You may remember Kate from the time she guided us to starting our art collections. She’s back, with more.
A new wave of contemporary female sculptors are using their hands to break the male-dominated mold: Dwyer Kilcollin, Andrea Mcginty, Hannah Levy, Lauren Seiden, Jessi Reaves and Leah Dixon are making names for themselves while pushing art into the third dimension. Their creations are physical manifestations of creativity, strength and wit that demand equal floor space.
However…if your home is not a museum and your biggest financial donor is your boss (the second biggest: your mom on your birthday), there’s no reason you can’t get started on your own sculpture collection.
So, below, the 6 women in the industry you should know, plus the more affordable “If You Like X, Then Try Y” items to buy.
Andrea Mcginty, I Feel Very Vulnerable Right Now, I Texted Him First, 2015
With a killer sense of humor and a refreshing eye on meme culture, McGinty confronts erotica, technology and the Internet by bringing inanimate objects to life. Whether it’s through humidifiers dressed in inspirational novelty tees or a series of shattered iPhones displaying her dark sex secrets, McGinty provokes the need to reveal ourselves.
Dwyer Kilcollin, Banquet Conference, 2015
A stone mason for the digital age, this LA-based artist uses a mixture of organic matter and pigments to handcraft recognizable and abstract objects. Take the chairs and vases resembling formations you might find deep in a cave, or her landscape images that reach out from the stone canvases; Kilcollin’s works are at once prehistoric and futuristic.
If you like this table, try this one by Ramon Hulspas ($1,300).
Hannah Levy, Untitled, 2014
Using a pairing of organic and metallic substances, Levy makes tactile sculptures that juxtapose the hard and soft textures between body and material. Yes, those fleshy asparagus protruding from the wall might seem risqué and the cutting board with tiny pink nipples a bit off-putting, but by re-crafting everyday objects in materials that resemble skin and bones, humanity is instated where it’s least expected.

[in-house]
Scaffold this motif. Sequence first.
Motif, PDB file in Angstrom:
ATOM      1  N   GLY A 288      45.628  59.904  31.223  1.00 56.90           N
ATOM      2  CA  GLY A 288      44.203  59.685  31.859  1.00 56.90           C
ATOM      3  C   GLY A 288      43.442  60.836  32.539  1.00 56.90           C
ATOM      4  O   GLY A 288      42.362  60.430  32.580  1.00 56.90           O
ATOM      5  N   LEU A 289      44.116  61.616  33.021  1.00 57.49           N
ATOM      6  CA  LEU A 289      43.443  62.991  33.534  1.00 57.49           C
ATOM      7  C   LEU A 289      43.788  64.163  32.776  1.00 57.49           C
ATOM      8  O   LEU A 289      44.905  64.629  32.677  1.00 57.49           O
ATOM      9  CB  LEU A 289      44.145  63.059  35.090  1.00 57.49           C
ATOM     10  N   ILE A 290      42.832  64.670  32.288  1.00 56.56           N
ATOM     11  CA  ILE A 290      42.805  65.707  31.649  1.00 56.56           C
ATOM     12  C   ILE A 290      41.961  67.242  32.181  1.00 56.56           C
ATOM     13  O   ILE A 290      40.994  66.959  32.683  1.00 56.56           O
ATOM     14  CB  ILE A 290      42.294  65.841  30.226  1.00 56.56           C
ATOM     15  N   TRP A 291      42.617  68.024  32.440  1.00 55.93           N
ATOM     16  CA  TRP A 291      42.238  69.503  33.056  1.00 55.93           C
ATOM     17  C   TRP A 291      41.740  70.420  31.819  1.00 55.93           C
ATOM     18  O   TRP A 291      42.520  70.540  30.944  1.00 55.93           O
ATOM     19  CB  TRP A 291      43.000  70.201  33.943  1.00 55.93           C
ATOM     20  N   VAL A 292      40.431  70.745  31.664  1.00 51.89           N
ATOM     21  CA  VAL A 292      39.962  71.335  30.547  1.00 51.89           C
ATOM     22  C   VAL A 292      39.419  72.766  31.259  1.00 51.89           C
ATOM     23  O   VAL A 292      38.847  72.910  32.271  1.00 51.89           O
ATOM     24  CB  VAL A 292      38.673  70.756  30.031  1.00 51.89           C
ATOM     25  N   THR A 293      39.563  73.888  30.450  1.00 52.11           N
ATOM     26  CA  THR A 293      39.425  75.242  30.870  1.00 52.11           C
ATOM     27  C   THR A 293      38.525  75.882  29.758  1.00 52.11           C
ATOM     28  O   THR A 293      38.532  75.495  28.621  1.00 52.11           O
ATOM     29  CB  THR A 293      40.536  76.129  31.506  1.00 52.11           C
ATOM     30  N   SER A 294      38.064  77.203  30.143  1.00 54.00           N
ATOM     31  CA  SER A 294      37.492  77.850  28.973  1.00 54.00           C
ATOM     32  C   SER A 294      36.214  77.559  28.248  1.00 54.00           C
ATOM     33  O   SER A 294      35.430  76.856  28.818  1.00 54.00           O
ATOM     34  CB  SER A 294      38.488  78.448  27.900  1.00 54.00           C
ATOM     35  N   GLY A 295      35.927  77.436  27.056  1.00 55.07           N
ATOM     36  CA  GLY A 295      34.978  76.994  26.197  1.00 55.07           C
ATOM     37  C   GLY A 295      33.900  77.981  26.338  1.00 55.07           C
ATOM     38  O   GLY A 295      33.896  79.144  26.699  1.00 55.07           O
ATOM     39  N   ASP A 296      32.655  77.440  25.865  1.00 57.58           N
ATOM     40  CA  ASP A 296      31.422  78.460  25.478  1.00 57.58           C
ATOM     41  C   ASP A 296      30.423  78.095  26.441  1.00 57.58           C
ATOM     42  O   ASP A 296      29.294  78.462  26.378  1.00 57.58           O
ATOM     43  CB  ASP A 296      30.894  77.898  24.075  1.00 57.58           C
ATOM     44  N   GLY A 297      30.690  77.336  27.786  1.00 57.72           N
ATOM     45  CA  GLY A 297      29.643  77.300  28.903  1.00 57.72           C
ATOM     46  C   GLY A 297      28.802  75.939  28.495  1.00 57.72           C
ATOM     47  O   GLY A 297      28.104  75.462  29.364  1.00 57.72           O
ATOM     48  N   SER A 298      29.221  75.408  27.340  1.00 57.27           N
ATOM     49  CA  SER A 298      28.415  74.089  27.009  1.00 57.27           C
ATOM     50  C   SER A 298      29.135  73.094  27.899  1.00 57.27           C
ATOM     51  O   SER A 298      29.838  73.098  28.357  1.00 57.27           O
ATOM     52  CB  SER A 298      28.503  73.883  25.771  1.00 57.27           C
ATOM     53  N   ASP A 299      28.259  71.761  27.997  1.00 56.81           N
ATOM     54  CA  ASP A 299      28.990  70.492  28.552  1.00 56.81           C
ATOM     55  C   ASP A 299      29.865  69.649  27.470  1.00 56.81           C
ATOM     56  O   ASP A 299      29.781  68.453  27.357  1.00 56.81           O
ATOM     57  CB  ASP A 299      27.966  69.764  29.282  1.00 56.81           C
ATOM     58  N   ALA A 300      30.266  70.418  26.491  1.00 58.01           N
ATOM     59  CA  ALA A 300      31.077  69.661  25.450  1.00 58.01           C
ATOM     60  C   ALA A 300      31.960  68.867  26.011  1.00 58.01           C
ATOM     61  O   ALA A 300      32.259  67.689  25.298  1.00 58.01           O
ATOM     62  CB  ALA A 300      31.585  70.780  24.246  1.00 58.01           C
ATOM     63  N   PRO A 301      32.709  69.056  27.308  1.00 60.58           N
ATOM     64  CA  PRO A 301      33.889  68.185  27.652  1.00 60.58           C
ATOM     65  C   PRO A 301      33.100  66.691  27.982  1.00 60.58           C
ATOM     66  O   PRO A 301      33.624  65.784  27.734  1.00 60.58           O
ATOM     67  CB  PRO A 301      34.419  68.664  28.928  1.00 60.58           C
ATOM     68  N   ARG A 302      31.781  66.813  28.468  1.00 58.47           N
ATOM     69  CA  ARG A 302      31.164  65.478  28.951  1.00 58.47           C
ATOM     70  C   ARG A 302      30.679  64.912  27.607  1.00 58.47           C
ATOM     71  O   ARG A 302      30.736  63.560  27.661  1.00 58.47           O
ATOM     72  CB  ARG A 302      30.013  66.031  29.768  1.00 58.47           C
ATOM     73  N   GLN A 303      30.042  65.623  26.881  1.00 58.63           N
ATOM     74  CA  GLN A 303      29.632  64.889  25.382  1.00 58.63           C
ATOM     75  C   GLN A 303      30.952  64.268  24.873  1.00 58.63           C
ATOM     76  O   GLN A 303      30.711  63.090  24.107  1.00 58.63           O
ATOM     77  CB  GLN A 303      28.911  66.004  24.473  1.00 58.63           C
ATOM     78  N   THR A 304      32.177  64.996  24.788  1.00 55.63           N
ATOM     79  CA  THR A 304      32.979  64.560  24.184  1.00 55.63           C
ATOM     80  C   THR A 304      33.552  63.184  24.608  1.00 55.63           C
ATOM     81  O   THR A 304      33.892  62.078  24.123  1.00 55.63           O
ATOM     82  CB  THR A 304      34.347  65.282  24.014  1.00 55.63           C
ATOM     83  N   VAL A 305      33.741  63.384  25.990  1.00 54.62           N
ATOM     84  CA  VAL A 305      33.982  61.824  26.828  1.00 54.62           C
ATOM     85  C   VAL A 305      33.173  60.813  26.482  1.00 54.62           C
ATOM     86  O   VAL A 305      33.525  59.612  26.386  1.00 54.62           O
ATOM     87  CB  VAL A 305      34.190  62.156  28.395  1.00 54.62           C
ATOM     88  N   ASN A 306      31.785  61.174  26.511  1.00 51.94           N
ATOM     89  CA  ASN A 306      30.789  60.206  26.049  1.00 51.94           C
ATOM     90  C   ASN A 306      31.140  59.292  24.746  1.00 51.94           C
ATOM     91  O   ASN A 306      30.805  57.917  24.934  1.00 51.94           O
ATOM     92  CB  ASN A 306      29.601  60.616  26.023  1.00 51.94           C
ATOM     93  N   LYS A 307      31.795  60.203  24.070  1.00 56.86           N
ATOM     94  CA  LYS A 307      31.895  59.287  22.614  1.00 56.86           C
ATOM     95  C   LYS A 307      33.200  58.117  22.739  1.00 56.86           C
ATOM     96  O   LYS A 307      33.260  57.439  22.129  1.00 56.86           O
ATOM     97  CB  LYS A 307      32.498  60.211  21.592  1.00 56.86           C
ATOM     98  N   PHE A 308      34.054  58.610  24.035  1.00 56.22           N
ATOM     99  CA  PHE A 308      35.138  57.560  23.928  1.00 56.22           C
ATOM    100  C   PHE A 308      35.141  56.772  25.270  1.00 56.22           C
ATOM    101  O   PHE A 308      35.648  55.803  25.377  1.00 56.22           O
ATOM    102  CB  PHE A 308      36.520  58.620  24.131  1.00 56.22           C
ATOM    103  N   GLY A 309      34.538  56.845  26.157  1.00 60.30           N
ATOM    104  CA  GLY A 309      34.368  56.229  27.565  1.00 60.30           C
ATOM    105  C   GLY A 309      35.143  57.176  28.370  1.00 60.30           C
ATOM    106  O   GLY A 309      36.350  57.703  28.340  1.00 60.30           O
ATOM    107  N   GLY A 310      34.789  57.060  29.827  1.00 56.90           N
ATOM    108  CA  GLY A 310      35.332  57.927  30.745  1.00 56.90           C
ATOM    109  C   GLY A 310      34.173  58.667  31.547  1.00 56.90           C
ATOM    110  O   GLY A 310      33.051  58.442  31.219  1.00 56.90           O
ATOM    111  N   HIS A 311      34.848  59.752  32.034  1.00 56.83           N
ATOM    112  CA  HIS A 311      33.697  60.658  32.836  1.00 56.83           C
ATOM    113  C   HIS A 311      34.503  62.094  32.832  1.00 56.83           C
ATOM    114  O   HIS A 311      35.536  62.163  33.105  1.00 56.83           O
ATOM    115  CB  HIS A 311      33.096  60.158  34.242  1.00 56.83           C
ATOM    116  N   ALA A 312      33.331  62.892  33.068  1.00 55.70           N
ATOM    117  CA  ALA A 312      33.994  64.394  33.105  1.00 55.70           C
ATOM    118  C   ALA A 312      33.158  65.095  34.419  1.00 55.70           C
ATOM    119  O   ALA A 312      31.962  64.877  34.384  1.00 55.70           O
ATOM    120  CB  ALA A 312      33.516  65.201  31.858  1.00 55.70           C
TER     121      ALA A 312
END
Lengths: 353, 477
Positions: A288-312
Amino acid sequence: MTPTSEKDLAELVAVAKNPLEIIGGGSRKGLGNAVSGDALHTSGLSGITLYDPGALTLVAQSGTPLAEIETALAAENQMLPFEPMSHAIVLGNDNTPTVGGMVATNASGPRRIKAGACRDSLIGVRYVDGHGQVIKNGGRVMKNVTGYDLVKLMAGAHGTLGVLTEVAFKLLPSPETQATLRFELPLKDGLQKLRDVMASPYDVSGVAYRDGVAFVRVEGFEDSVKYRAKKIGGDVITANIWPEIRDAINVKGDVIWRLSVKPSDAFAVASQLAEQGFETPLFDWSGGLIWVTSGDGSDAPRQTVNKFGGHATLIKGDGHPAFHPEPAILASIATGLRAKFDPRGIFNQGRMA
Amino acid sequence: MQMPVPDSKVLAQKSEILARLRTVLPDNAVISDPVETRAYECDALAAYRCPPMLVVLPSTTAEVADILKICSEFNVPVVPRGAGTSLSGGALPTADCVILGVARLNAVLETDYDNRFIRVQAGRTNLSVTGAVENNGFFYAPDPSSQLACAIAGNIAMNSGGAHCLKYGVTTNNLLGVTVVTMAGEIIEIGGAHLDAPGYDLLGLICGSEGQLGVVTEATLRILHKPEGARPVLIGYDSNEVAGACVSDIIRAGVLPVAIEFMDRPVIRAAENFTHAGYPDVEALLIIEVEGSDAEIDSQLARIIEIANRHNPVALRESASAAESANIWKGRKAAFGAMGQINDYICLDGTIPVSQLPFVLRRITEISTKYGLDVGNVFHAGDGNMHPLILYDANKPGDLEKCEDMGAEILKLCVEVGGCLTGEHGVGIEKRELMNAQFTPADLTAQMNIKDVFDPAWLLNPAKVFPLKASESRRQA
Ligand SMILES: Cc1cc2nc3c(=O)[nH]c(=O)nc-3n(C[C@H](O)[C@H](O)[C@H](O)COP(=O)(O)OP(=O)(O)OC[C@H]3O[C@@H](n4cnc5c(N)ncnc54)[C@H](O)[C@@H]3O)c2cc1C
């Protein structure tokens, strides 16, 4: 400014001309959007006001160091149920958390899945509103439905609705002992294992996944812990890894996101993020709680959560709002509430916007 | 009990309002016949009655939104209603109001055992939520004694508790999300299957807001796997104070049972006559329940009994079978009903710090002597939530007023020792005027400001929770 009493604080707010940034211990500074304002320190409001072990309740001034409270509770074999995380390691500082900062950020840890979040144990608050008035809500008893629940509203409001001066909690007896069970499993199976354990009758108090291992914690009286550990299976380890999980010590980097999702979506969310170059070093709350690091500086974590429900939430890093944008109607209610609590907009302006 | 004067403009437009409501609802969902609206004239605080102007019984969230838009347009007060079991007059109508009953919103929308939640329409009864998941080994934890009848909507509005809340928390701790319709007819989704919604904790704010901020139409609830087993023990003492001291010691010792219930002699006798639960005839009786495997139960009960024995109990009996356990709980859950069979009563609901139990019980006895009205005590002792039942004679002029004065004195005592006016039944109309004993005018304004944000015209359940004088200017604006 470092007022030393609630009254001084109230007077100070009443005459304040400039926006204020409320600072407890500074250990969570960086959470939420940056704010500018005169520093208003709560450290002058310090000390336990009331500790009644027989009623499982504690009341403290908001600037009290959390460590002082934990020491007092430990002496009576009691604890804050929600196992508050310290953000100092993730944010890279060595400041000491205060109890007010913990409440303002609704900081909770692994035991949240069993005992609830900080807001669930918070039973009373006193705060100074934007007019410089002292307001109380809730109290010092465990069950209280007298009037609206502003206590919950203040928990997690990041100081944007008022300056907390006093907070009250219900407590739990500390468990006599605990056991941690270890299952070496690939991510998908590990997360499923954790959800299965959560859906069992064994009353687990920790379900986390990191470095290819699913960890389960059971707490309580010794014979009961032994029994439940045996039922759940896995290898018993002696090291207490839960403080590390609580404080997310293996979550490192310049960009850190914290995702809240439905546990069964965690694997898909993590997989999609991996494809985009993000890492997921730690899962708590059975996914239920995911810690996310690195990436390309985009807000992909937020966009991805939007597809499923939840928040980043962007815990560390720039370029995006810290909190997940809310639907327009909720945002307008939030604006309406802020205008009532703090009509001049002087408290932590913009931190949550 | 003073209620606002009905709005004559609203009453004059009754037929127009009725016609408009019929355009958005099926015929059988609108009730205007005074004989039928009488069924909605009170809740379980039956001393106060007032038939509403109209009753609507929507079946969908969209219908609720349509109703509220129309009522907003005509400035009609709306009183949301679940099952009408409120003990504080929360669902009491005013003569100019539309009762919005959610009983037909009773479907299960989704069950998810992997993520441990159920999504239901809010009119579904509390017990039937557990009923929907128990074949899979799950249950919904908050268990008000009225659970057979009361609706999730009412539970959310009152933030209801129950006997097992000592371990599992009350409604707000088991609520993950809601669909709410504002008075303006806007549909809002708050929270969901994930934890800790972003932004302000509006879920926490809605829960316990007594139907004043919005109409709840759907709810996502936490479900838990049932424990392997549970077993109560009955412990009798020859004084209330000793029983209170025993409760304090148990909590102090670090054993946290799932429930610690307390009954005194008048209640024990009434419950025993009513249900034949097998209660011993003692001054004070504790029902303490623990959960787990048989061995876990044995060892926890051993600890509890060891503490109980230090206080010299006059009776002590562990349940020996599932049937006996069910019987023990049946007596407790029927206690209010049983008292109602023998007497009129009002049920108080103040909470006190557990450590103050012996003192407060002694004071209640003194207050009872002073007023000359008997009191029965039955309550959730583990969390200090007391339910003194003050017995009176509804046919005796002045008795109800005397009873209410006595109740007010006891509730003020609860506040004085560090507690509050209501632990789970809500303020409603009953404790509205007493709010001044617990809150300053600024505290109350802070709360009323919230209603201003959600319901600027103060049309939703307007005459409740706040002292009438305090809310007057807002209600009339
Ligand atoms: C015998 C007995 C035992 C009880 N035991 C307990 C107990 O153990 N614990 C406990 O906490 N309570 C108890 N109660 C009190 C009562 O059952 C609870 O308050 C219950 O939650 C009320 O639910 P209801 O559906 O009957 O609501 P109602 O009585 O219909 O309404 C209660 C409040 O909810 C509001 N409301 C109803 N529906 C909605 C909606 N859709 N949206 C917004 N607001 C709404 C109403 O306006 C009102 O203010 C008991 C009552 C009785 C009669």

If you’re into the idea of be-nipped household items, try: Universal Isaac pottery ($65 each)
Lauren Seiden, Wrap, 2015
Just because Seiden uses paper and string to craft her large scale sculptures doesn’t mean her process is lightweight. Using layers of graphite to create a hardened, almost metallic structure and sheen, these pieces take on the gestures of the artist as she manipulates them while introducing a magnetic movement.
If you like her aesthetic, try Jenny E Balisle for a similar vibe. (Starting around $750.)
Jessi Reaves, Idol of the Hares, 2014
Who said your furniture can’t double as an art piece, and that your art-meets-furniture can’t be weird? Reaves turns furniture design inside out (sometimes literally) using expected materials in unexpected places, like foam to make a lounger or polar fleece on an office chair. If Pee Wee Herman had an evil lair, his decorator would be Jessi Reaves.
Leah Dixon, Stealth Bomber, installation view from the UNTITLED Art Fair in Miami Beach, 2013
As a performer and an artist, Dixon’s work is as much in the process as it is the product. Making objects like a hand-cut yoga mat with images of war or a structure resembling a Stealth Bomber for lounging in Miami beach, Dixon confronts political correctness in physical labor and live creation, describing herself as a “one-woman making machine.”
If you like the geometric nature of her work, try this glass and oxidized sculpture by Linda Ross ($600). If you’re looking for a more quiet piece that still takes up space, try Karolina Maszkiewicz. (Starting at $350)